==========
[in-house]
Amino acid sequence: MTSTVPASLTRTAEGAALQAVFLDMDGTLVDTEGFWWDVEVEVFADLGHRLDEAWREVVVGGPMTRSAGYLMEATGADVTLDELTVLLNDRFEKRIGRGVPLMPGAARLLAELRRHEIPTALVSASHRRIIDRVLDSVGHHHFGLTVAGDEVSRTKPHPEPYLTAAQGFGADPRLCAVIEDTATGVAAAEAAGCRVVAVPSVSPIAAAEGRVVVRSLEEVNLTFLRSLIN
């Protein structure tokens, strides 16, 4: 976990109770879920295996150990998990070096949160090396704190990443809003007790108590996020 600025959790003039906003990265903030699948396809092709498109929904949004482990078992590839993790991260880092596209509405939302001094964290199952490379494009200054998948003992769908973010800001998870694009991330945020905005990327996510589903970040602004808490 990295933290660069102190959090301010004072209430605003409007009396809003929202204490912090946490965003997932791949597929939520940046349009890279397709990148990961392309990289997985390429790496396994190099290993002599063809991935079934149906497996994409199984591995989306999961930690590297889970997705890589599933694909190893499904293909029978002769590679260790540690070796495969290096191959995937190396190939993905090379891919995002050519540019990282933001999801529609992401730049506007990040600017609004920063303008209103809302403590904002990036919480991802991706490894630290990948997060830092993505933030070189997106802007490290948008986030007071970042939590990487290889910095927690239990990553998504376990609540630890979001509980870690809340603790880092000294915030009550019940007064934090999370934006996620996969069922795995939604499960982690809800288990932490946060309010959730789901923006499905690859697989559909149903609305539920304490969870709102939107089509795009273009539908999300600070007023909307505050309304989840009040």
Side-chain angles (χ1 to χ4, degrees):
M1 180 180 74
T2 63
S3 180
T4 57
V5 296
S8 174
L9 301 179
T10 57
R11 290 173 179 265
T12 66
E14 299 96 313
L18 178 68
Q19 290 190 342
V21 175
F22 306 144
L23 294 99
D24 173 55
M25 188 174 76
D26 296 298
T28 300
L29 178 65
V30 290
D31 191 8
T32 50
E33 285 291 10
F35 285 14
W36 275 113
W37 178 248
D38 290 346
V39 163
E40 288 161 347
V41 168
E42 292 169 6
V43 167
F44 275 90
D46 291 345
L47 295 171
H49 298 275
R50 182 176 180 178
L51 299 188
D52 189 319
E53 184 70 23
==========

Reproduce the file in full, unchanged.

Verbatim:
[in-house]
Amino acid sequence: MTSTVPASLTRTAEGAALQAVFLDMDGTLVDTEGFWWDVEVEVFADLGHRLDEAWREVVVGGPMTRSAGYLMEATGADVTLDELTVLLNDRFEKRIGRGVPLMPGAARLLAELRRHEIPTALVSASHRRIIDRVLDSVGHHHFGLTVAGDEVSRTKPHPEPYLTAAQGFGADPRLCAVIEDTATGVAAAEAAGCRVVAVPSVSPIAAAEGRVVVRSLEEVNLTFLRSLIN
């Protein structure tokens, strides 16, 4: 976990109770879920295996150990998990070096949160090396704190990443809003007790108590996020 600025959790003039906003990265903030699948396809092709498109929904949004482990078992590839993790991260880092596209509405939302001094964290199952490379494009200054998948003992769908973010800001998870694009991330945020905005990327996510589903970040602004808490 990295933290660069102190959090301010004072209430605003409007009396809003929202204490912090946490965003997932791949597929939520940046349009890279397709990148990961392309990289997985390429790496396994190099290993002599063809991935079934149906497996994409199984591995989306999961930690590297889970997705890589599933694909190893499904293909029978002769590679260790540690070796495969290096191959995937190396190939993905090379891919995002050519540019990282933001999801529609992401730049506007990040600017609004920063303008209103809302403590904002990036919480991802991706490894630290990948997060830092993505933030070189997106802007490290948008986030007071970042939590990487290889910095927690239990990553998504376990609540630890979001509980870690809340603790880092000294915030009550019940007064934090999370934006996620996969069922795995939604499960982690809800288990932490946060309010959730789901923006499905690859697989559909149903609305539920304490969870709102939107089509795009273009539908999300600070007023909307505050309304989840009040």
Side-chain angles (χ1 to χ4, degrees):
M1 180 180 74
T2 63
S3 180
T4 57
V5 296
S8 174
L9 301 179
T10 57
R11 290 173 179 265
T12 66
E14 299 96 313
L18 178 68
Q19 290 190 342
V21 175
F22 306 144
L23 294 99
D24 173 55
M25 188 174 76
D26 296 298
T28 300
L29 178 65
V30 290
D31 191 8
T32 50
E33 285 291 10
F35 285 14
W36 275 113
W37 178 248
D38 290 346
V39 163
E40 288 161 347
V41 168
E42 292 169 6
V43 167
F44 275 90
D46 291 345
L47 295 171
H49 298 275
R50 182 176 180 178
L51 299 188
D52 189 319
E53 184 70 23